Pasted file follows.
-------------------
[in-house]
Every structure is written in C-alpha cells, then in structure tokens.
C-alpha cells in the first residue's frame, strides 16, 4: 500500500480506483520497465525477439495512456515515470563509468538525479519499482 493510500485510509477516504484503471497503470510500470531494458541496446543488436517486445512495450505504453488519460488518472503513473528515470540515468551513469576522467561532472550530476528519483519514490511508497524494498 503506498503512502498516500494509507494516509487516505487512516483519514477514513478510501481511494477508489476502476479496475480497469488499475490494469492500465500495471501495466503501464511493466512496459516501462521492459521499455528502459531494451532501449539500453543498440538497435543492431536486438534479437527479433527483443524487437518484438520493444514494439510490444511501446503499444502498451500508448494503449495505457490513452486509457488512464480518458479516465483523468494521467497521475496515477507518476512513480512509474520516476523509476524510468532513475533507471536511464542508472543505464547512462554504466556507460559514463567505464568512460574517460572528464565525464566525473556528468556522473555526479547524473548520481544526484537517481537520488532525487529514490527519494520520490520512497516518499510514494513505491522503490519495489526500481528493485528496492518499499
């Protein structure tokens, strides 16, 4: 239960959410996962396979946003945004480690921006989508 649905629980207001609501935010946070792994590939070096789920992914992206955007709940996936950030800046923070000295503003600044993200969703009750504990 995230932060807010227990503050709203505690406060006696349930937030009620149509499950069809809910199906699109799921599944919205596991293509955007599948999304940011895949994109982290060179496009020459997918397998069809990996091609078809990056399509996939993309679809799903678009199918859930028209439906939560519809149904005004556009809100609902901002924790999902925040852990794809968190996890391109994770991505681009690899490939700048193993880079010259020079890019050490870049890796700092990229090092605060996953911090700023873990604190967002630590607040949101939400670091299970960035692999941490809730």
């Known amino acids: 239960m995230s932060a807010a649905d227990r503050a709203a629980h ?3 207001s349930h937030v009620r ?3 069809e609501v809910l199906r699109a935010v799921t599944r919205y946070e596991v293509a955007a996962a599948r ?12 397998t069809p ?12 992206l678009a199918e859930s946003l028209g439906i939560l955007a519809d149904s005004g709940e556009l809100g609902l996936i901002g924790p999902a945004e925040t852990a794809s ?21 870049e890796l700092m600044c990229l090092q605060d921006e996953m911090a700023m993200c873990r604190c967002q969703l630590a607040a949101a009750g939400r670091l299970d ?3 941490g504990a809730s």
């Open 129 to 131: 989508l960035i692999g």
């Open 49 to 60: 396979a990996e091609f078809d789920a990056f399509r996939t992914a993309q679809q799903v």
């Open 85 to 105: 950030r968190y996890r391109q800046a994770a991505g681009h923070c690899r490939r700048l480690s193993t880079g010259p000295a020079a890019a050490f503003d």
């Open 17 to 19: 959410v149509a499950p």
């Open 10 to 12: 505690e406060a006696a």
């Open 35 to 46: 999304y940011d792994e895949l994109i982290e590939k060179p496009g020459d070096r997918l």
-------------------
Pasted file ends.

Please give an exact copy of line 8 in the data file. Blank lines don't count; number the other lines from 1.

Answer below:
């Open 85 to 105: 950030r968190y996890r391109q800046a994770a991505g681009h923070c690899r490939r700048l480690s193993t880079g010259p000295a020079a890019a050490f503003d």